Pesticide Use in the San Joaquin Valley: Our “right to know” when pesticides are applied

by Nayamin Martinez

On November 10th, in a small northern Tulare County town known as Orosi, over a hundred residents from various counties across the San Joaquin Valley gathered to raised their voices and demanded to the Department of Pesticide Regulation (DPR) the right to know full transparency of when pesticides are applied or used. The residents list of concerns towards the DPR’s notice of pesticide usage included;

  • Knowing the exact location where the pesticides will be applied
  • Being informed of all materials or chemicals used, not just ones required to be listed by Proposition 65 or that research has shown to be cancerous
  • Lastly to be as inclusive in sharing these notifications of pesticide usage in various languages (such as Spanish, Mixteco, Zapoteco and other indigenous languages) through various communications methods (text messages, emails, or website updates)

For over two hours, community members eloquently shared about their stories of being drifted while enjoying a barbecue in their backyards, to knowing someone who lived near the fields for decades that developed cancer or that suffer from autism, asthma, and other health effects associated to pesticide exposure, to even sharing that their own pets have died from eating pesticide contaminated food.

The community group consisted of residents of rural areas who all in one way or another have been negatively affected by pesticide usage. Some members have lived next to the fields where pesticides are applied, some were advocates who have fought for decades to free communities of pesticides and some were small town farmers. One Filipino farmer of Orosi, said

“Knowing what pesticides are applied is not enough, we need more, we need to stop applying these chemicals that are killing us, making us sick and making big growers richer.”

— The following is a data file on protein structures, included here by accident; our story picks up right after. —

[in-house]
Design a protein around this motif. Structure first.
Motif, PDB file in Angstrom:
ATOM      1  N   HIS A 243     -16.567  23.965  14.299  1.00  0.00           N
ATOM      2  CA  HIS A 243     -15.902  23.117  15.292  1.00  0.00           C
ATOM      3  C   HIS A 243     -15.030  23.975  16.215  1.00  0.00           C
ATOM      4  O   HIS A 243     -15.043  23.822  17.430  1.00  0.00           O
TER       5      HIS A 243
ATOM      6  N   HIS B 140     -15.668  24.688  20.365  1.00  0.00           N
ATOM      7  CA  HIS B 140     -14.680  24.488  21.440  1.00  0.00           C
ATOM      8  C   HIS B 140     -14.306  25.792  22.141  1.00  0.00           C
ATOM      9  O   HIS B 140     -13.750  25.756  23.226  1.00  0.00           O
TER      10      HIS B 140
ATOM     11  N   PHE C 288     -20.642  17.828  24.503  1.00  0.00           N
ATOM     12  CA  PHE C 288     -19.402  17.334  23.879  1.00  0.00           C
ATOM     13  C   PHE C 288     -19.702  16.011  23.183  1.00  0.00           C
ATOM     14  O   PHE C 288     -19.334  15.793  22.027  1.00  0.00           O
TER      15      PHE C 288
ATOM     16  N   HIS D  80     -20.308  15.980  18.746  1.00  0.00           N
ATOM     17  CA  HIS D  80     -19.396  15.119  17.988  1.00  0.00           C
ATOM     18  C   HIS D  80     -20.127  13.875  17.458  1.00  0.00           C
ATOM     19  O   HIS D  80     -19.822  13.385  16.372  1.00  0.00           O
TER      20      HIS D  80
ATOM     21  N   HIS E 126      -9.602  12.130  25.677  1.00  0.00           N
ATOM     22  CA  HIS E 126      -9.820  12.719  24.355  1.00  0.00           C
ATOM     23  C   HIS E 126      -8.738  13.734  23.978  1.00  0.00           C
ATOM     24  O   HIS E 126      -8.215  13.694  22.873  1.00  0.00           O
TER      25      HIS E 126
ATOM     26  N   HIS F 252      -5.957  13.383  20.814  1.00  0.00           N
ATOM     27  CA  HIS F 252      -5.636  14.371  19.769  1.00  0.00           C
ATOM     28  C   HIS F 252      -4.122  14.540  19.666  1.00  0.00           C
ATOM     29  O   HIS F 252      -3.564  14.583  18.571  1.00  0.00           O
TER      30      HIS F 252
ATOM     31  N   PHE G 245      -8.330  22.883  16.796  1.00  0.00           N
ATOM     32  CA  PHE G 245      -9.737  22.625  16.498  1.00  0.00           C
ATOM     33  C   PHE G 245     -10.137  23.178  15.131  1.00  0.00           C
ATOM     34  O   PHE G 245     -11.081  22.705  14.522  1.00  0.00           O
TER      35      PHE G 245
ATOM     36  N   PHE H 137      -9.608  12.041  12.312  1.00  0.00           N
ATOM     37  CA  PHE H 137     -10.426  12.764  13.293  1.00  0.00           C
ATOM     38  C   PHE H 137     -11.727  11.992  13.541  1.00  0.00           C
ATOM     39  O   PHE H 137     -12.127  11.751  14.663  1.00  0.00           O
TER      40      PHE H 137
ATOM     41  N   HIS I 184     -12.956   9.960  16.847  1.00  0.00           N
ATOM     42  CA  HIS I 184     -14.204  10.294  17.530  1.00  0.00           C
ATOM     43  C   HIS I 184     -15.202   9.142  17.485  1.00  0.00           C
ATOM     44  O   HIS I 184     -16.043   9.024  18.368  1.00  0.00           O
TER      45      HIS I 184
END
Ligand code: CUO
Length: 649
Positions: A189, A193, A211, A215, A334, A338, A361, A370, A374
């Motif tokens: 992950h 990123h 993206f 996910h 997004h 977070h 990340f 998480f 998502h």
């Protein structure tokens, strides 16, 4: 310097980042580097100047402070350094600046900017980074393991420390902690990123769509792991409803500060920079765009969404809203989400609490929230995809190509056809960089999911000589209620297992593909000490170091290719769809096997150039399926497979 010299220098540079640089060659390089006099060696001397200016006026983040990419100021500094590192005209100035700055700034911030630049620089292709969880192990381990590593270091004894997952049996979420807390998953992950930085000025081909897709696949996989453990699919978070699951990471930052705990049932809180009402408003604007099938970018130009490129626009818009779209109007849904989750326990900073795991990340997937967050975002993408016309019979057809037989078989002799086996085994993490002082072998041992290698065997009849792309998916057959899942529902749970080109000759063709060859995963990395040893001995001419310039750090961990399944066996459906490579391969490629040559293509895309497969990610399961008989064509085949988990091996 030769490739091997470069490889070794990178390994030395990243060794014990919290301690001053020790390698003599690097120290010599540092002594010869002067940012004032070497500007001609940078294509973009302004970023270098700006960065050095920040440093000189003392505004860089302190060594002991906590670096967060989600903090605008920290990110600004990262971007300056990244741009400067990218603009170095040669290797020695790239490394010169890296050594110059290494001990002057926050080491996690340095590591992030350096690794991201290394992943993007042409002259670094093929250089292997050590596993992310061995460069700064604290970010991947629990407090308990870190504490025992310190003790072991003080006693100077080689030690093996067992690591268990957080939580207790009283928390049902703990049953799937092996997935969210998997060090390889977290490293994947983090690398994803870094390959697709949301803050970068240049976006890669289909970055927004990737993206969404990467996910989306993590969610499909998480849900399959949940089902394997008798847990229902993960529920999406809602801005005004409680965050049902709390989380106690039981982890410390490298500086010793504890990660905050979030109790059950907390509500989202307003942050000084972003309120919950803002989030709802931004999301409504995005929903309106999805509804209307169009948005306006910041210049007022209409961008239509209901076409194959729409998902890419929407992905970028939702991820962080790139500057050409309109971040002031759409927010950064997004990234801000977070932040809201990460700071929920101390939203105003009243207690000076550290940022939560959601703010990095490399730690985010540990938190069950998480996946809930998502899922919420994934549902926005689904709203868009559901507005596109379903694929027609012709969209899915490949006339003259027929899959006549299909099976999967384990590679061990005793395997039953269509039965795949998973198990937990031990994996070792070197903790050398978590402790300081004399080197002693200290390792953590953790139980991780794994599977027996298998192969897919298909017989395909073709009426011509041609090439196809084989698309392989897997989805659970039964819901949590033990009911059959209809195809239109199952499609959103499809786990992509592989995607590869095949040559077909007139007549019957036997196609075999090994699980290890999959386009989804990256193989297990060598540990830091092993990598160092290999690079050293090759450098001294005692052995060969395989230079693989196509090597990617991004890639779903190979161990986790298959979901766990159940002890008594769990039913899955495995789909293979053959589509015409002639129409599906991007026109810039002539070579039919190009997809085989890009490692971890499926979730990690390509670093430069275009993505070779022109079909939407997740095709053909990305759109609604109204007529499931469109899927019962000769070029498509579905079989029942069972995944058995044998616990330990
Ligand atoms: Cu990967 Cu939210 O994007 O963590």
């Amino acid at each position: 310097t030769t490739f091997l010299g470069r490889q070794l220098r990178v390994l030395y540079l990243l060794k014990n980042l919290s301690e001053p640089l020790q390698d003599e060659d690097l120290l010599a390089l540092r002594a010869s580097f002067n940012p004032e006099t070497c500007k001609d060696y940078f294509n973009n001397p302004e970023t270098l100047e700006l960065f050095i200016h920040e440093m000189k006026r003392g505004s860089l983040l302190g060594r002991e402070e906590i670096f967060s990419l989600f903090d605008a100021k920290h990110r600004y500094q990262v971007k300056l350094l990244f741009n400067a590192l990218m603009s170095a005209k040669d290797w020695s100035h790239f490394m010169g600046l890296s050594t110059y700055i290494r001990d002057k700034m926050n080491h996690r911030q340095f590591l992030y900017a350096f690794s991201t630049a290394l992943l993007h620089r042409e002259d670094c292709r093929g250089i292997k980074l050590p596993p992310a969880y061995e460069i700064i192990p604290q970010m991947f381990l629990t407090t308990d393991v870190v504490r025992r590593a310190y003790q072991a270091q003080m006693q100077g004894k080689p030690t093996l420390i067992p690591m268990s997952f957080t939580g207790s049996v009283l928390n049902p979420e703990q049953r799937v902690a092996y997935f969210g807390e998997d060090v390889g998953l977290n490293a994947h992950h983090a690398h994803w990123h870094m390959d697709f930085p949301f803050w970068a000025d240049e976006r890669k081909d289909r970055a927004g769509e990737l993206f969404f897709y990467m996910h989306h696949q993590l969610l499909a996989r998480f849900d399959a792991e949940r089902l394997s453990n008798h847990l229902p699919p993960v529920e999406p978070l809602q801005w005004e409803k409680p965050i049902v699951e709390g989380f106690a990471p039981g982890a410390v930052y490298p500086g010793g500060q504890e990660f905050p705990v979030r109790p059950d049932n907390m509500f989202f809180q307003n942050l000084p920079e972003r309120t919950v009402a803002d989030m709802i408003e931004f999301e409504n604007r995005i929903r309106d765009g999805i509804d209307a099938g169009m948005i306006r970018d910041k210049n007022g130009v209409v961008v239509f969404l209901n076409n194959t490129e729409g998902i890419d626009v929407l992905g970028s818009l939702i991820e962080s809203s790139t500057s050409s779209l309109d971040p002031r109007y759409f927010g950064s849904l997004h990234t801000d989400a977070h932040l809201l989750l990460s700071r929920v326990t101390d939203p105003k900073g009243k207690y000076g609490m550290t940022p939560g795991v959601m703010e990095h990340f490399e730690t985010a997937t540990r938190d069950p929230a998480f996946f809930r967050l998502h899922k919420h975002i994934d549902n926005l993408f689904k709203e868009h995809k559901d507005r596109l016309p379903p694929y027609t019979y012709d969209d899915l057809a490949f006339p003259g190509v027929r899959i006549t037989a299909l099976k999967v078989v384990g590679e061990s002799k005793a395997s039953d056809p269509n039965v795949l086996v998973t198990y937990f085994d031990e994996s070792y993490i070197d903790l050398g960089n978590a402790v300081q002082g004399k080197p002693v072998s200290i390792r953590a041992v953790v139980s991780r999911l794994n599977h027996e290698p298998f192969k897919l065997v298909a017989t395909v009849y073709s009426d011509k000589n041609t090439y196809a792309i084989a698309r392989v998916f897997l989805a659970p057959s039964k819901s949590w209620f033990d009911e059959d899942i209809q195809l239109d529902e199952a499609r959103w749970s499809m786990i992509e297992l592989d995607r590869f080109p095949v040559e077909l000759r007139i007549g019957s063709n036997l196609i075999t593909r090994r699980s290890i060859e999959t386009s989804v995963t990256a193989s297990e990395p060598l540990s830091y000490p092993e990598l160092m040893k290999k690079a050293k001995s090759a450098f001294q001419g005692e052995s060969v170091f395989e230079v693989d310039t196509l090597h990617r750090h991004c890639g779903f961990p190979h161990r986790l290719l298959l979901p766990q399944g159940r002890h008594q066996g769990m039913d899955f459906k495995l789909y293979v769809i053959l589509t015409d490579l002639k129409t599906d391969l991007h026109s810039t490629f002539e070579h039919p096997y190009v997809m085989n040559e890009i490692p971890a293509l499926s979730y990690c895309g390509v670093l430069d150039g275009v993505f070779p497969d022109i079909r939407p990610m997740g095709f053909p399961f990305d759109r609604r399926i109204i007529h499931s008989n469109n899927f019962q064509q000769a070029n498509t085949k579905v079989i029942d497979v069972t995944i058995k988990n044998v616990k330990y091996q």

Overall, the sentiment shared was the same, we need to know, and we need to know now, not until 2024, when the Department of Pesticide Regulation is scheduled to finalize the statewide pesticide notification system.

As we have informed in an article published in the Community Alliance in January 2022, the development of a statewide pesticide notification pilot began in 2021, when Governor Newsom allocated 10 million dollars in the 2021-2022 state budget and commissioned the DPR the development of a statewide system that provides information to the public about pesticides used around them. Since August 2021, the new DPR director, Julie Henderson and her team have organized meetings with County Agricultural Commissioners (CACs), visited counties with large agriculture presence (including Fresno) and huddled with some EJ groups.

DPR hired professionals from the “California State University Sacramento Consensus and Collaboration Program” to lead a series of focus groups and webinars to listen to multiple stakeholders including residents, other regulatory agencies, community organizations, regulated industries (farmers, professional applicators, registrants, commodity associations) and AG commissioners among others. DPR published in their website the summary of the findings of this first series of virtual focus groups, which evidenced differences of opinions in who should receive the notifications; when they should receive them; and how notifications should be made. The format and facilitation of these focus groups/webinars was strongly criticized by community advocates because the participation of residents was limited to less than one-minute, while other stakeholders were given more time to express their opinions.